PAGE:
No sooner did the 2021 General Assembly adjourn in early April than the political floodgates opened with a rush as Republican candidates for governor and comptroller declared their intentions.
First, Lt. Governor Boyd Rutherford announced he would not run for governor. Then, Secretary of Commerce Kelly Schulz said she would like to succeed Gov. Larry Hogan. The rumor really began to churn with the news that former Lt. Gov. Michael Steele, now a television pundit unafraid to bash former President Donald Trump, was considering a run for governor.
After considering a race either for governor or the 1st Congressional District now occupied by the controversial Andy Harris, Harford County Executive Barry Glassman threw his hat in the ring for comptroller.
The Republican Party, buoyed by Hogan’s success and popularity in a distinctly blue state, is staking its claim for top-tier offices in Annapolis. Except for congressional seats in the U.S. Senate and the House of Representatives, the GOP is alive and well in Maryland and offering strong candidates.
The politician who fascinates me the most is Mike Steele, whom I got to know during the four years of the Ehrlich Administration. He is bright, personable and charismatic. He has an unmistakable presence. Because of his unabashed comments about Trump and his political followers in Washington, he is considered a traitor to the party.
Keep in mind the Trumpian influence on the ouster of Rep. Liz Cheney from the top echelon of House Republican leadership, and you can easily understand the antipathy toward a person like Steele. He sees a less inclusive and more extreme party and says as much on national TV.
A former state delegate and loyal member of the Hogan cabinet, Schulz is well liked among her fellow Republicans. Though Steele’s potential entry into the Republican gubernatorial primary might seem to doom Schulz’s prospects, those who condemn his criticism of the national Republican Party and consequently consider him a pariah very well may torpedo his elective chances in favor of a candidate viewed as a more reliable loyalist.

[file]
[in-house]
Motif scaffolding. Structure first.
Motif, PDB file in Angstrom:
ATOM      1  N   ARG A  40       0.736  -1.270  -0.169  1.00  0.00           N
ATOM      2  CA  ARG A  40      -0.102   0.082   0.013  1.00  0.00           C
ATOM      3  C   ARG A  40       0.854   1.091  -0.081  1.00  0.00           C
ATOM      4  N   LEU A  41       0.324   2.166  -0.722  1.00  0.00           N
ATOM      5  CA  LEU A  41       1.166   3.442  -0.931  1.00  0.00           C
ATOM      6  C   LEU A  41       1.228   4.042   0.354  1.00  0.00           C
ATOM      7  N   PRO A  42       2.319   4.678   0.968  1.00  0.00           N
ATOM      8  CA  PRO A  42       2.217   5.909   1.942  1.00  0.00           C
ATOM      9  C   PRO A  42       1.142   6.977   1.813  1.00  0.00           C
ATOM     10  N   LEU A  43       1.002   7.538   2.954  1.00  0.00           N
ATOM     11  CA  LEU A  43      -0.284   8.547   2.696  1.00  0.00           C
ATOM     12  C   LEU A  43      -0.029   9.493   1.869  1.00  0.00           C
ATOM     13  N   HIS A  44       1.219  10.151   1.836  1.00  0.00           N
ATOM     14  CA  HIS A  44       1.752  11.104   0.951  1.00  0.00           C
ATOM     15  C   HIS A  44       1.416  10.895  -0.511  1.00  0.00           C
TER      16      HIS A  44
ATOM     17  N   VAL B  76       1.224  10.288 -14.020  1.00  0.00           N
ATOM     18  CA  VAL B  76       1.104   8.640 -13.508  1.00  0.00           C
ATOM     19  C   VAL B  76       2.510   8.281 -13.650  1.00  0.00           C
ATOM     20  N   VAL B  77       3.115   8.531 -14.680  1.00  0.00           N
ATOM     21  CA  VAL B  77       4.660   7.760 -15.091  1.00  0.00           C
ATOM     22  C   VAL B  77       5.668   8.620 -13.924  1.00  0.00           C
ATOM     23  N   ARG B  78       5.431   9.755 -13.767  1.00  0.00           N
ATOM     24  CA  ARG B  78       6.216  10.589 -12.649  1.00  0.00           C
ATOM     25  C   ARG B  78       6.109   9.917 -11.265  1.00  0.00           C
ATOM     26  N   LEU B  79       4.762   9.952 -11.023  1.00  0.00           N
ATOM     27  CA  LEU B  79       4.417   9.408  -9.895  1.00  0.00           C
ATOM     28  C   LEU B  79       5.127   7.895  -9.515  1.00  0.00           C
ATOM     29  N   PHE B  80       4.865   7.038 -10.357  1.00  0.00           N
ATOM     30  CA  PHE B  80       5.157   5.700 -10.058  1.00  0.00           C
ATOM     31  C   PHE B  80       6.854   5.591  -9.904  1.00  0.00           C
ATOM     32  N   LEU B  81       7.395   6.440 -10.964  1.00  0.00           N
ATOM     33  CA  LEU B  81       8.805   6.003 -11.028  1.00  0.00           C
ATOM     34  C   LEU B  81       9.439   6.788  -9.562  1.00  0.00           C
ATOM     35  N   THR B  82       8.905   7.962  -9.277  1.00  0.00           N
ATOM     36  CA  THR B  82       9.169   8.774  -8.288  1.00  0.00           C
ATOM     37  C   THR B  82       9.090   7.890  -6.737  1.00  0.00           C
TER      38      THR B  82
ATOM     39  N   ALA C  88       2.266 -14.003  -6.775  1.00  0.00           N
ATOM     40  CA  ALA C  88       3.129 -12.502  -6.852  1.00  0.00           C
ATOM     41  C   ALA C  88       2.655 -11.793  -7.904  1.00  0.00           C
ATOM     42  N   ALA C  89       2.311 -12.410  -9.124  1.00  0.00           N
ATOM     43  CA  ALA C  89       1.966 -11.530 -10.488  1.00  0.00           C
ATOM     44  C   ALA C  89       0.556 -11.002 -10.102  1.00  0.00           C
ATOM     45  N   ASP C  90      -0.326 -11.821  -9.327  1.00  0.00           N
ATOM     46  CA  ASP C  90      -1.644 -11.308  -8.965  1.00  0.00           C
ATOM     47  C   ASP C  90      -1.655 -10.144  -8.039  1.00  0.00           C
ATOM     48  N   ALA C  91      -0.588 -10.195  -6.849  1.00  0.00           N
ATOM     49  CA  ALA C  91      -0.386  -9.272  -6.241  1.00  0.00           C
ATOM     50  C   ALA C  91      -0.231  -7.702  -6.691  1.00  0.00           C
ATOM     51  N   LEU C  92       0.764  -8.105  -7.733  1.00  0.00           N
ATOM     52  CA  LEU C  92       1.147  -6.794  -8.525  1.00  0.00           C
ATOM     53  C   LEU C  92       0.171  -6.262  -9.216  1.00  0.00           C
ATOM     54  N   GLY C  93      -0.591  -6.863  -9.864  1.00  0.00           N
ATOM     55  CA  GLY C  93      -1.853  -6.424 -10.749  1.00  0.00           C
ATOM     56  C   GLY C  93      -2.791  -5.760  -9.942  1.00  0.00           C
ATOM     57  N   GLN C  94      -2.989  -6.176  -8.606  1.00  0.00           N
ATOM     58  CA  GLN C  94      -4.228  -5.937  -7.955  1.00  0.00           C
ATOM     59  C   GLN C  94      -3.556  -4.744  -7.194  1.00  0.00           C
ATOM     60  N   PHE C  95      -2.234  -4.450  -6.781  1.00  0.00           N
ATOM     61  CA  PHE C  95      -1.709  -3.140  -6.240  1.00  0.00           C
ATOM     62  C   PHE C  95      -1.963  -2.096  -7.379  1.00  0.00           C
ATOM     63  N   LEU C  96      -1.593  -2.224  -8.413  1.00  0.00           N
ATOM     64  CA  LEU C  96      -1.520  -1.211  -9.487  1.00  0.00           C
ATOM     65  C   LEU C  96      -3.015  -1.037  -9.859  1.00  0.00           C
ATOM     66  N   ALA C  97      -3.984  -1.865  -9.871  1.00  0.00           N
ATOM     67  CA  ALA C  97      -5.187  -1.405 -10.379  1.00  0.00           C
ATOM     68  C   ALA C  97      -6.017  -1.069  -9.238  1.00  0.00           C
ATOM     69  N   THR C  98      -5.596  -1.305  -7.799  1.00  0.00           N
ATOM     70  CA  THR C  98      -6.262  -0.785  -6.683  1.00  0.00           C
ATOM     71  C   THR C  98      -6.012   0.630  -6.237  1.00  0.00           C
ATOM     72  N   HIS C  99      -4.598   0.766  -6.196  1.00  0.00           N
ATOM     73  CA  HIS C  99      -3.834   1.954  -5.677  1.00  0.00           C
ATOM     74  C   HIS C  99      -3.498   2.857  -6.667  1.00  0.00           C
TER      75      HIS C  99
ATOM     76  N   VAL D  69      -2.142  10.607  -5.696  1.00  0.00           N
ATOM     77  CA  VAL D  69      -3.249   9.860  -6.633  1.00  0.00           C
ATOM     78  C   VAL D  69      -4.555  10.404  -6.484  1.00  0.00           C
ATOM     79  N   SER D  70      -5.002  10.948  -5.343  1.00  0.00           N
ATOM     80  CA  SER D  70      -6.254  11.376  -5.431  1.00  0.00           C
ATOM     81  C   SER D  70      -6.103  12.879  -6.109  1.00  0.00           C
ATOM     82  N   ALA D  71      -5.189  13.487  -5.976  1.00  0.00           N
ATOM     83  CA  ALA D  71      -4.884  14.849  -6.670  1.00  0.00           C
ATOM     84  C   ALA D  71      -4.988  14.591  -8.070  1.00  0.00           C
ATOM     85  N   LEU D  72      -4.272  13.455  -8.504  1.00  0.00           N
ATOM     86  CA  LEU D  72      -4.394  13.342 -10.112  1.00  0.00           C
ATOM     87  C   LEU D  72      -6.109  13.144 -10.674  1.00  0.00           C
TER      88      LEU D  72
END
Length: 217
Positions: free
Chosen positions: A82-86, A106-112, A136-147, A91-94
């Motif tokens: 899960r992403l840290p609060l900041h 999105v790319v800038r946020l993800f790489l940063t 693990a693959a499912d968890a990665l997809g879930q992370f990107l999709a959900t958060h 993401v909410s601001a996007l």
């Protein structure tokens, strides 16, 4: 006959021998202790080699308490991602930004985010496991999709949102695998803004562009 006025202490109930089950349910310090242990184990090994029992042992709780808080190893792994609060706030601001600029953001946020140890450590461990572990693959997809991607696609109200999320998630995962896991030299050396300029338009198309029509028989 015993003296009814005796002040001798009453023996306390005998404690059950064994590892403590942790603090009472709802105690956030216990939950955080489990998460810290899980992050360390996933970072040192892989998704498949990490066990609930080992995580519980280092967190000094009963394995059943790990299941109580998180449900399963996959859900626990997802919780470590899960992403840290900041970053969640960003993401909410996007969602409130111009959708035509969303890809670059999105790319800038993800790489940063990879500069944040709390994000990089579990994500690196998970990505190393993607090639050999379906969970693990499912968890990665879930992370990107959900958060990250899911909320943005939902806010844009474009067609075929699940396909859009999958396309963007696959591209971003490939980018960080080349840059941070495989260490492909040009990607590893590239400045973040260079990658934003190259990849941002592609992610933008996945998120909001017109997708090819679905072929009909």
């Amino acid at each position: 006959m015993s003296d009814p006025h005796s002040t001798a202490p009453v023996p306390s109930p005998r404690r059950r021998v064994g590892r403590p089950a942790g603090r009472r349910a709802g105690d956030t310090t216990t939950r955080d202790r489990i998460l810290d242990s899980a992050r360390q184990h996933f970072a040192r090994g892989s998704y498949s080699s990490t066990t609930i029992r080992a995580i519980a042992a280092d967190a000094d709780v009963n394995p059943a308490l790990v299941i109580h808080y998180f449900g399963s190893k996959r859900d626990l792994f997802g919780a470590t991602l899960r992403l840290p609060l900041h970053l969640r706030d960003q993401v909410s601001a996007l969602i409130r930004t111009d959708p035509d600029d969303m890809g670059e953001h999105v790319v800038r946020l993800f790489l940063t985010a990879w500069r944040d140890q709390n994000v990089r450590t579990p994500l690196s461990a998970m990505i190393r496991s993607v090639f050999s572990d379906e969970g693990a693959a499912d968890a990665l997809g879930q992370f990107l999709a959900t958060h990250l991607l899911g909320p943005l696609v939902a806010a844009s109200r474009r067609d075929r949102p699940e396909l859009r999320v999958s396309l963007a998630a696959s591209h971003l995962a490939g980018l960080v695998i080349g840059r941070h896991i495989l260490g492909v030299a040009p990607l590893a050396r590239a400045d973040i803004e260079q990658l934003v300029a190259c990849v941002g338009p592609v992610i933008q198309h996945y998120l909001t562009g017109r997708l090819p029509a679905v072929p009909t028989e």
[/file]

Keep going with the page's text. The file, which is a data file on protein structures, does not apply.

Steele would provide a real spark of excitement. As noted, he has an electric personality and polished communication skills. He lost in 2006 to Democrat Ben Cardin in a U.S. Senate race. His stint as RNC chair lasted only one term despite his role in a successful 2010 congressional cycle.
A former state senator, Glassman is a savvy and likable person from a populous and conservative county. He has run a suburban county that must deal with fiscal and growth issues, environmental concerns and a slew of other pressing issues.
Meanwhile, I would hope that Del. Johnny Mautz and Secretary of Natural Resources Jeannie Haddaway-Riccio, Talbot County residents, would consider higher office, such as the 1st Congressional District seat occupied by the increasingly erratic Andy Harris. Mautz and Haddaway-Riccio are hard-working servant- leaders. They are accessible and competent.
As the district is now configured, winning requires political connections to Harford and Baltimore counties—and votes. If redistricted, perhaps including Annapolis, the 1st might again be more oriented to the Eastern Shore.
Though some disagree, I believe in a two-party system despite its current polarization. Were congressional districts more balanced nationwide, the polarization would be much less severe, requiring legislators to listen to. and accommodate constituents belonging to both parties.
This column in no way is handicapping the 2021 election season in the Old Line State. Instead, it is describing a vibrant Republican Party in a blue state.
My experience, far from empirical, is that Marylanders typically tend toward supporting genuinely personable and accessible candidates. That calculus can sometimes confound the pollsters.
Columnist Howard Freedlander retired in 2011 as Deputy State Treasurer of the State of Maryland. Previously, he was the executive officer of the Maryland National Guard. He also served as community editor for Chesapeake Publishing, lastly at the Queen Anne’s Record-Observer. In retirement, Howard serves on the boards of several non-profits on the Eastern Shore, Annapolis and Philadelphia.